Earthlings is a seriously heavy book and I honestly found myself a bit shellshocked after reading it. What sounded like an offbeat and quirky novel ended up dealing with abuse, rape, murder and cannibalism. Yeah, there is cannibalism too. I expected none of this going into it and it will be no less shocking should you read it knowing this yourself. I’ve just prepared you. There are sections of the book that are utterly horrifying and heartbreaking. It is really difficult to read at times. It’s not all darkness, however, as there are moments of surprising humour, warmth and hope despite all of this.

I’m not sure how I can meaningfully describe the latter parts of the book without spoiling anything but suffice to say that Natsuki’s journey to find a place to belong does not end up where you’d ever expect. I’ve really just given you the bones – there is a lot to it. It’s a worth while read but it is not for the faint hearted.

The Memory Police – By Yoko Ogawa

The Memory Police is an interesting book. After reading it through, I think it can be summed up in one word – mournful. 

This is a book about loss. It’s a dystopian novel on a nameless island, at an indeterminate time. The world building and setting is intentionally vague.There is a dreamlike and haunting quality to it where nothing is firmly set and things could shift at the slightest touch.

I was drawn to this book by comparisons that I’d read online that likened the book to a cross between George Orwell’s 1984 and a Haruki Murakami novel. I love dystopian novels, 1984, and adore Murakami so that comparison sent this to the top of my to read list. Given that this was a common contrast made by those who read the book I had pretty high expectations going in. Having finished it now, I’d agree that it does match this comparison, but not unilaterally – there are some concessions to be made. 

I think where Ogawa’s book begins to share traits with Murakami’s style is in the strangeness of the book. As the plot evolves there are moments that brought to mind Murakami stories where things diverge from the beautiful mundanity of his primary worlds and begin to descend into the surreal and strange. The comparisons to Murakami are more apt in that regard, as The Memory Police felt more firmly rooted in the strange than the mundane.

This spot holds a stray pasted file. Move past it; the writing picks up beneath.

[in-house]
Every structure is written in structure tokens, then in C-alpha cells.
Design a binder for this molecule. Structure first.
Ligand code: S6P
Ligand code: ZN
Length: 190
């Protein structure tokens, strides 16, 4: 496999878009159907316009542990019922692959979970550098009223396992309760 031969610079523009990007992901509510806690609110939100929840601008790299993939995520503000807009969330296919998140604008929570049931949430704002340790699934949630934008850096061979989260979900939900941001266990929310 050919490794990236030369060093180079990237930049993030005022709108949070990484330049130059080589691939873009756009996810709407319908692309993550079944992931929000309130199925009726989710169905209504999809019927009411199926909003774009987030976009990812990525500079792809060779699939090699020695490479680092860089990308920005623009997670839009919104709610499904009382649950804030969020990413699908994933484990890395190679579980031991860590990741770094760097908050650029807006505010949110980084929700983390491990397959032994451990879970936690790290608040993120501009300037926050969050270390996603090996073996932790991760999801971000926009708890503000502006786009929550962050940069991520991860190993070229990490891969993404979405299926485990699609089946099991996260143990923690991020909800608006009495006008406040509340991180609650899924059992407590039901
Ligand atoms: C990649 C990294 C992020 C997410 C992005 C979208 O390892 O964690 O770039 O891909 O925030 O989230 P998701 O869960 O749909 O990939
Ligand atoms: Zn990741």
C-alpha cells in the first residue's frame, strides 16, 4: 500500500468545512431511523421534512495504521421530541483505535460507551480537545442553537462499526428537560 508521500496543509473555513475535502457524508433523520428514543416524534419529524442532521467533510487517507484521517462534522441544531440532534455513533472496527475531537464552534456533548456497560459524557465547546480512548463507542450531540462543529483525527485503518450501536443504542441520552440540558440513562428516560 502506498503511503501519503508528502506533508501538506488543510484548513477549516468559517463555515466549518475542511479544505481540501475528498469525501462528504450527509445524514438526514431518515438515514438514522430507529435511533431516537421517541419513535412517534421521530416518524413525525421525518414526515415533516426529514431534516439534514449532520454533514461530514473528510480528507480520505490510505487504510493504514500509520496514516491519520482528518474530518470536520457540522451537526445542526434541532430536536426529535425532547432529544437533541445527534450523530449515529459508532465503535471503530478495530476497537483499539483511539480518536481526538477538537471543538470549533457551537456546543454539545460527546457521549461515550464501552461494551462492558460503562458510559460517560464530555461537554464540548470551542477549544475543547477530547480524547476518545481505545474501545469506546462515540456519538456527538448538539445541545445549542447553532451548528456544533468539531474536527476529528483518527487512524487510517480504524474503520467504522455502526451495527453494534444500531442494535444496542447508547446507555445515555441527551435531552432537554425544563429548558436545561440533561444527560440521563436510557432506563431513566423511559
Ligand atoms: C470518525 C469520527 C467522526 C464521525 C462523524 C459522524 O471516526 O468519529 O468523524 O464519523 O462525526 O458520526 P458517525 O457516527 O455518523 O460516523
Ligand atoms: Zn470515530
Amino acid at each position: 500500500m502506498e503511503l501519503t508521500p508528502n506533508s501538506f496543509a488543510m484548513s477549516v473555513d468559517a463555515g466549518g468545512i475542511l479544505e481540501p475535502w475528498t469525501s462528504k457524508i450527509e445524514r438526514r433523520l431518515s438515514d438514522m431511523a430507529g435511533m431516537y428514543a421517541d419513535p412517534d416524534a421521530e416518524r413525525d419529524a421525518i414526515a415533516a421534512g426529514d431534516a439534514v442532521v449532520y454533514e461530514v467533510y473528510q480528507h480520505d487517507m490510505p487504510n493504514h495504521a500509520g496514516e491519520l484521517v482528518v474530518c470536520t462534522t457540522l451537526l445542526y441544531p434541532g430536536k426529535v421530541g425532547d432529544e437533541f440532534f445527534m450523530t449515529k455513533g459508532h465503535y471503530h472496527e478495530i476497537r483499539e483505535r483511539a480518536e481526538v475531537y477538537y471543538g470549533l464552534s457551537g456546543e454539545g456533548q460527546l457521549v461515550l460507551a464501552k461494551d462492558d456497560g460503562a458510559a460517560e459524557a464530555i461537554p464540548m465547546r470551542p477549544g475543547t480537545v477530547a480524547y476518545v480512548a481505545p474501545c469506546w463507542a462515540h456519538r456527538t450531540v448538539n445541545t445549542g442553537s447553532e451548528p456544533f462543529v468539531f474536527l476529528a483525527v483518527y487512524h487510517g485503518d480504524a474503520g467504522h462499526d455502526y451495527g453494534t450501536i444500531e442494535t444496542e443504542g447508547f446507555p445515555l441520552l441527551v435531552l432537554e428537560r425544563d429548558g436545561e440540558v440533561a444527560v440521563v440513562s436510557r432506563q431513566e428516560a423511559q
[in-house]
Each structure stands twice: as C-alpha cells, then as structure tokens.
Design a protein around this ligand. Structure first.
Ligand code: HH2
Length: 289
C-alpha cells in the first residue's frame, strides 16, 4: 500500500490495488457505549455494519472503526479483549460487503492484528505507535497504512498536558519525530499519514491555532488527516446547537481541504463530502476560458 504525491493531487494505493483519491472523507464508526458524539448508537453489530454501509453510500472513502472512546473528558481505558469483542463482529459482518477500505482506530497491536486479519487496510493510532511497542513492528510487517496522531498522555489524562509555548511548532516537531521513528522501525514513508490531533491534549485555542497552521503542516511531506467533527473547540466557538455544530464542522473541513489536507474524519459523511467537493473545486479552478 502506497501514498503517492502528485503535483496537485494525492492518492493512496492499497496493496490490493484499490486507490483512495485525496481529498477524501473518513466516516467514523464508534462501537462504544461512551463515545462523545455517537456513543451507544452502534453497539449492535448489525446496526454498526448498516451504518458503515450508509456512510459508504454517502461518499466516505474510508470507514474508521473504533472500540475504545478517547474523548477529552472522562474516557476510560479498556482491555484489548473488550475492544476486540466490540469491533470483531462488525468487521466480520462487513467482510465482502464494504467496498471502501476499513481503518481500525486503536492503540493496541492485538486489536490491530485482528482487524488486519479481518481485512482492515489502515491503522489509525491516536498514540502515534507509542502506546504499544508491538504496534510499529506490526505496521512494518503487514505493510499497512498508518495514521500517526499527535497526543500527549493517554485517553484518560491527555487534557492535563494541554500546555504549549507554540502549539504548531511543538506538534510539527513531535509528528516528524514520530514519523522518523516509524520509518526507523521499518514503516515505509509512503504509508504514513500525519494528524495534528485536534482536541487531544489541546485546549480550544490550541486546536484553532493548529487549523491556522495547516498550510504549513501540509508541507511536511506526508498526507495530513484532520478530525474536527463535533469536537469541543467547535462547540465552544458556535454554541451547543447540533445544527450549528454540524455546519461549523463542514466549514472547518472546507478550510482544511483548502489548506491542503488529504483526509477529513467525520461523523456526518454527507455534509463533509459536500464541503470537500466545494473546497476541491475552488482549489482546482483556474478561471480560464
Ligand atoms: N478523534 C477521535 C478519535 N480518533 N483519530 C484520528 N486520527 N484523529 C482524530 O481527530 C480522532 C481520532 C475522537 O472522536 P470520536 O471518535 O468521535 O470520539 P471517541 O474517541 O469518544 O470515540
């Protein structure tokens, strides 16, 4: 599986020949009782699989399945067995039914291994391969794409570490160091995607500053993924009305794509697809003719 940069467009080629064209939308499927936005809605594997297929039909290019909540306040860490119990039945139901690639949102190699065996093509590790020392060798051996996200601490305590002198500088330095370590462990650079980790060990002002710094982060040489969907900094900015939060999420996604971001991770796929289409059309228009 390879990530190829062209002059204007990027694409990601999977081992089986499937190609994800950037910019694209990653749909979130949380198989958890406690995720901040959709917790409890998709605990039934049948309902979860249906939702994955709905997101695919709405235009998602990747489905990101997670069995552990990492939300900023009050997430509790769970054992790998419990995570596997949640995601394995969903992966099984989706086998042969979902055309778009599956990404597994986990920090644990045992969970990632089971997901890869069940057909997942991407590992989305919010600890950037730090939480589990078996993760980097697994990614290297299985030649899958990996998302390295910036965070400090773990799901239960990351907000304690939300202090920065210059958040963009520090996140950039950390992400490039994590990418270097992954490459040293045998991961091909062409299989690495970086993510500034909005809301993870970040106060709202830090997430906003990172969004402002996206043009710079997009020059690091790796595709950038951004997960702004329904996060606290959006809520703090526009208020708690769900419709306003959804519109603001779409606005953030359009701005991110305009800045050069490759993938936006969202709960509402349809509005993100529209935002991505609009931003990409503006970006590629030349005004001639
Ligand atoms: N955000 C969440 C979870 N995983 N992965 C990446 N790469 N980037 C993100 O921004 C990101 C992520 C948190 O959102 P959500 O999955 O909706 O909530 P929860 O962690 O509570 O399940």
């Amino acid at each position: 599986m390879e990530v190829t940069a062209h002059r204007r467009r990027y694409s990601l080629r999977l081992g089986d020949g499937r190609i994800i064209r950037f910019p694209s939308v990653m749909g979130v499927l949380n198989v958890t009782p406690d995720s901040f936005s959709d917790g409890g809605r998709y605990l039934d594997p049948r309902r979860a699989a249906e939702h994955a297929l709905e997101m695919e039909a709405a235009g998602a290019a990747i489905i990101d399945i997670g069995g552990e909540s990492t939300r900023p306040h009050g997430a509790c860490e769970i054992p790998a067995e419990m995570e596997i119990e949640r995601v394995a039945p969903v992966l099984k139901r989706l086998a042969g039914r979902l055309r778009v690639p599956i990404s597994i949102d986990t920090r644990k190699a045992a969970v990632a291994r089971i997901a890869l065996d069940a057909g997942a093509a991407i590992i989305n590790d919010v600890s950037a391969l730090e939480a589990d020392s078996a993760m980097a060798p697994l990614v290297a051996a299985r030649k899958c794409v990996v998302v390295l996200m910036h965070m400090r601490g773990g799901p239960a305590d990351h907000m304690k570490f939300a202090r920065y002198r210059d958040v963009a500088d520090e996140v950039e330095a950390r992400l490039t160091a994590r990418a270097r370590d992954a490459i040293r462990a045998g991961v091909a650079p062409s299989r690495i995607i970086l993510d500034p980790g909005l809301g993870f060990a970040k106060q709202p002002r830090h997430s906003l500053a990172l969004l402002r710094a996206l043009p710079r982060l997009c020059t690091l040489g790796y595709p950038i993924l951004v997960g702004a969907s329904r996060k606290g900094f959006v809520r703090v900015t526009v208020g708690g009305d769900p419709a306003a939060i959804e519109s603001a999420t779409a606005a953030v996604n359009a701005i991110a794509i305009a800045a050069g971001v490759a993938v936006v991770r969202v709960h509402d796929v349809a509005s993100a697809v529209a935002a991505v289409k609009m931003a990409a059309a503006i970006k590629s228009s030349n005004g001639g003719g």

For all of its light and vague qualities however, the dystopian aspects are quietly horrifying – this is a harrowing book and the haunting nature of it brings with it a hopelessness that I wasn’t expecting. Hopelessness, horror and harrowing events are part and parcel for a dystopian novel but they’re usually a sledgehammer – there is a message, a cautionary tale, and it is hammered home with brutality. The Memory Police is different. It’s a poisoned needle on a silk pillow. There is a real delicacy to the book that was of profound importance in not only distinguishing it from other dystopian novels, but also to the overall success of the story. 

To elaborate on that point, the plot surrounds memory (obviously), the presence of it but also the absence of it. The titular Memory Police are a shadowy organisation that appear to rule all inhabitants of the ‘Island’ and are responsible for overseeing the people living there, but more significantly, they’re the ones who enforce the disappearances. Nothing can be taken for granted in this world because the memory of something could simply disappear one day, taking with it all concern or recollection of it. When something that has been forgotten is not willingly surrendered and disposed of by the residents, they will step in to ensure that it is removed. Once something has been forgotten it simply ceases to register to the people living there, even if it rests in their hands. 

The real mystery of the book is the nature of memory and the purpose or design behind the progressive selection of things that vanish from memory. There is no way for most to know how much they’ve lost, just as they fail to recall an object, concept or its purpose once it is gone. The delirium in these moments deepens the dreamlike quality. There is a unique and keen hopelessness when one cannot comprehend what has been lost, while continuing to lose things. They are helpless to stop it. It’s a terrifying prospect and an insidious exercise in control. These voids leave a deep emptiness for the reader. You’re left to mourn the losses of the people, even as they forget and move on. Yoko Ogawa toys with the notion of how much one can lose while still remaining yourself – how would you even know that you’ve changed.

Most of what we are is memory. The totality of ones life and experience is deeply rooted in memory, in your own and that of others. It is vital to our sense of self.The concepts that Yoko Ogawa plays with here are truly haunting. There is a very good reason why dystopian novels often explore concepts like identity, individualism, freedom, and self determination. The loss of that sort of autonomy, the loss of what is irreducibly and uniquely you, is intolerable. The fact that this book is as beautiful and sad as it is, is a testament to that.